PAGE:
Cramming Action Into a Tight Space

Small Layout Industry: Caspian Woolen Mill –

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To begin with I think I should point out that my main layout is very small, 42X24 inches, that doesn’t leave a lot of room for industry (1).  It is somewhat based on Enfield, NH and one side features lake-side scenery and a rock cut, while the other side features the ersatz Enfield (which is thus far unnamed).  While most of the “town” is consumed with a passing siding at the passenger station and a spur for the freight depot and a feed store, the other part of town is occupied by Caspian Mills (an industry inspired by Baltic Mills which was a real woolen mill located in Enfield).

The problem was how to get some switching into an industry that had to be crammed into the interior space of what is basically a slightly expanded 180 deg. curve based on 9 ¾ in. radius Snap-Track.  Fortunately, the real mill not only received and generated various freight cars used for woolen production, but it also had a coal fired power plant that at one point also provided electric lighting for the town of Enfield.  I loved the idea of moving 34’ coal cars around, as I already had a good selection of those, but I also liked the fact that a power plant would allow me to switch something that wasn’t a 40’ or 50’ box car.  I had planned the mountains and other scenery around the buildings I wanted to have in town, but everything still ended up being very cramped so that prevented me from putting the power plant on its own spur.  Of course the only option left to me was to have the same spur serve the needs of the power plant and the mill’s woolen traffic.  While I am now limited to only one box car in or out of the mill at any given time, I can serve both requirements of the mill by moving the woolens and ensuring a good supply of power to the industry and town.

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Obviously, the mill isn’t finished and neither is this portion of my layout, but I think the idea is clear and I have done some operating to check for function.  Because there is only a passing siding and a spur on the other side of town (the spur is normally occupied by less than carload traffic to the depot) there aren’t a lot of places to stick the box car while the coal hopper is switched… normally this means occupying the main but that isn’t an issue since, with one operator and DC power, there is only one train being run at a time.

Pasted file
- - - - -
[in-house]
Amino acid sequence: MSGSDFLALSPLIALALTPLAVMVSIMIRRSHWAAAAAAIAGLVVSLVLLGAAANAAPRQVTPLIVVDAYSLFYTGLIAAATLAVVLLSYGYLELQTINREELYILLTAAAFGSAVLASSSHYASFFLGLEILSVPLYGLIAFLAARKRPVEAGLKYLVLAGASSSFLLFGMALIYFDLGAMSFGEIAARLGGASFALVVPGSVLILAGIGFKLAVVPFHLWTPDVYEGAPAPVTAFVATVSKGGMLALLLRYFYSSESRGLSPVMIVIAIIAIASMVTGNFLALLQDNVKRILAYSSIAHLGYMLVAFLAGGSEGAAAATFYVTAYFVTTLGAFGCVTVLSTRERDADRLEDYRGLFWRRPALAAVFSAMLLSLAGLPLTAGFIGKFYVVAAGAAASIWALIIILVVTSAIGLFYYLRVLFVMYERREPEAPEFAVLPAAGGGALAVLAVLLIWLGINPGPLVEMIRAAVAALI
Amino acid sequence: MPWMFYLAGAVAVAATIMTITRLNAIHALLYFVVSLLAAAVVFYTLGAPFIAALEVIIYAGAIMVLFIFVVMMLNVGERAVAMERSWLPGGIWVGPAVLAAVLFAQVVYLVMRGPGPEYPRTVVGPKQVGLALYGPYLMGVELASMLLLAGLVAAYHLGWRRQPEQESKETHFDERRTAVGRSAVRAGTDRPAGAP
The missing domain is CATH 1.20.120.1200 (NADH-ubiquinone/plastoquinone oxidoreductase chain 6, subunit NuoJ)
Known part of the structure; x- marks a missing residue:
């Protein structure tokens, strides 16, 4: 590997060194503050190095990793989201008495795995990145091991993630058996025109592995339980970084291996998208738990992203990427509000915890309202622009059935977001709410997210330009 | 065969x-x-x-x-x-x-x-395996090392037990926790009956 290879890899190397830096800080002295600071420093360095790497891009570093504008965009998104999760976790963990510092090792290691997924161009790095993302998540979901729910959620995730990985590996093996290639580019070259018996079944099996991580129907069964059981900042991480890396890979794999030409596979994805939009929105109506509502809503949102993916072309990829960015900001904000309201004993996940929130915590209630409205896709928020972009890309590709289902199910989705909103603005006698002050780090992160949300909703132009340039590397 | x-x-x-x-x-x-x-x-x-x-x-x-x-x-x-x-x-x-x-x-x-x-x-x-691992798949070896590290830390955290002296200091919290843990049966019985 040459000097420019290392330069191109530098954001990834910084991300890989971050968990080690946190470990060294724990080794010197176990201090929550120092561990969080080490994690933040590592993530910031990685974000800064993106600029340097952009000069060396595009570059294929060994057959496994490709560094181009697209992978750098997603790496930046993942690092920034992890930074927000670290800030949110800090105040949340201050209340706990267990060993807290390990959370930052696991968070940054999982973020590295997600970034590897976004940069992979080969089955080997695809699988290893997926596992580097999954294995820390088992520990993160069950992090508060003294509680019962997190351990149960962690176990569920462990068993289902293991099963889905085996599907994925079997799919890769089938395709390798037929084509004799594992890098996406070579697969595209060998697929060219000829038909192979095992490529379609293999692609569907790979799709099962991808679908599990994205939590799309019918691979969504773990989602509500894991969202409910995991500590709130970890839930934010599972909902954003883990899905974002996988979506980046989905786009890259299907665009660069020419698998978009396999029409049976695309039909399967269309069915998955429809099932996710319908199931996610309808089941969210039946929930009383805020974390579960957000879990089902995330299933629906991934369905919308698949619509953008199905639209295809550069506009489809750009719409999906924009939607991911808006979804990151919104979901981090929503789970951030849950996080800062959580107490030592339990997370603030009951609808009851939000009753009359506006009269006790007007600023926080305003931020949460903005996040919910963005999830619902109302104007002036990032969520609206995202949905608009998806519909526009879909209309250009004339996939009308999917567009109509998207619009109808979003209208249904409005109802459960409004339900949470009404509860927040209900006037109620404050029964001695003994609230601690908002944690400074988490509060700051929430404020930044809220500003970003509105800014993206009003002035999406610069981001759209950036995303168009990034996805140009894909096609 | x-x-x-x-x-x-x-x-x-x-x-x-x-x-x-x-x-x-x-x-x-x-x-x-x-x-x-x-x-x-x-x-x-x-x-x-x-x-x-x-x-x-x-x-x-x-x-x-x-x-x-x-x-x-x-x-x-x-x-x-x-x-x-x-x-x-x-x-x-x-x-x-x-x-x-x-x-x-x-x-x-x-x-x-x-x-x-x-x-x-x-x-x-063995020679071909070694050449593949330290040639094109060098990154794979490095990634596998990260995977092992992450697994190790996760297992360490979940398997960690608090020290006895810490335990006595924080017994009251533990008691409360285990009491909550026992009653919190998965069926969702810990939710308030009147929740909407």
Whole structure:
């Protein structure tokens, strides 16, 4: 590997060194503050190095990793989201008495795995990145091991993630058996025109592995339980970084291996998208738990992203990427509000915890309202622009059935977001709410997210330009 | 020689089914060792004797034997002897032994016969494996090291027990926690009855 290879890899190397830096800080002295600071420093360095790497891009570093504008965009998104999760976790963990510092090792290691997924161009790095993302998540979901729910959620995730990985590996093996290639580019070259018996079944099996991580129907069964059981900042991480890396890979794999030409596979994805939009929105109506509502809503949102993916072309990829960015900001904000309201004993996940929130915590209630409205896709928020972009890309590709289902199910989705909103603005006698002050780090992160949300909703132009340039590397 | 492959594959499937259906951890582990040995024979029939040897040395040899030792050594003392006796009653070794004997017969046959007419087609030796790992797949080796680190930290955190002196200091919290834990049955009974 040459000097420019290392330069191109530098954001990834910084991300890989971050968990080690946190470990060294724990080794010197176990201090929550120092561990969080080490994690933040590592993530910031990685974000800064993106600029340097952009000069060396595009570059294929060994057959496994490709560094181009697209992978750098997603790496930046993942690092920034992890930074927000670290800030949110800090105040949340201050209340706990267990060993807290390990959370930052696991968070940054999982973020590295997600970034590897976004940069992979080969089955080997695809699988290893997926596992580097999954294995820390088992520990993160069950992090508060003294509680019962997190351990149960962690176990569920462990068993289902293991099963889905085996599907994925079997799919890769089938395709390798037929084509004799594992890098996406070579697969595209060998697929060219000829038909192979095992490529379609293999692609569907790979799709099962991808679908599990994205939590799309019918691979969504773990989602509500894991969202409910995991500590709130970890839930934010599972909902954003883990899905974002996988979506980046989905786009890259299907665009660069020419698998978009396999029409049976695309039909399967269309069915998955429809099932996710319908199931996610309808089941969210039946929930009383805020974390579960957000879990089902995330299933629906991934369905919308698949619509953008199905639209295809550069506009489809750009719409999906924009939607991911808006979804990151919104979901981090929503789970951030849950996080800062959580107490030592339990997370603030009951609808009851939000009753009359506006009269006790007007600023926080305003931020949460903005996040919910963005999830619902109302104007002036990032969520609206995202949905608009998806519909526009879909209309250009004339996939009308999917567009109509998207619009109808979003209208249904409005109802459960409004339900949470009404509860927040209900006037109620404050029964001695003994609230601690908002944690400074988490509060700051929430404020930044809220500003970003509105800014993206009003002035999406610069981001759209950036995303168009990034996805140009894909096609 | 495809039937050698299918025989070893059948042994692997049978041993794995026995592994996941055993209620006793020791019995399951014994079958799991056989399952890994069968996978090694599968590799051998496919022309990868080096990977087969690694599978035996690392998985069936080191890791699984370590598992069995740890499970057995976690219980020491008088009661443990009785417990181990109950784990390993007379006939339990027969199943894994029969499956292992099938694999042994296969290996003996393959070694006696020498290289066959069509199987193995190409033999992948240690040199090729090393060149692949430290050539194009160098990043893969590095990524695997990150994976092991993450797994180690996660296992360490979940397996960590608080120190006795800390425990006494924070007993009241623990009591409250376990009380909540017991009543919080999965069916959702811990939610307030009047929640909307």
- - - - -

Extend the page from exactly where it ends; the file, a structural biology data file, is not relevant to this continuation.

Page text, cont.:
Although it isn’t optimum I think Caspian Mills strikes a good balance between my desire for a realistic industry, requiring more than one car type, providing sufficient switching opportunities, but still fitting inside of a very small space.  Hopefully, one day, I will have the room for a larger layout but for the time being it has been a fun challenge to cram as much railroading as I can onto such limited real estate.

(1) This layout is designed to be hooked up to a couple smaller switching layouts I have built and that does provide a bit of variety for operations but generally I do not have the space to hook them together so this one is a standalone acting as both a loop for my children to operate and a point to point for my operating needs.

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One response to “Cramming Action Into a Tight Space”

  1. Jonathan Caswell says :

    Reblogged this on By the Mighty Mumford and commented:
    I SEE SOME LESSONS FOR ME HERE, TOO!!!!!

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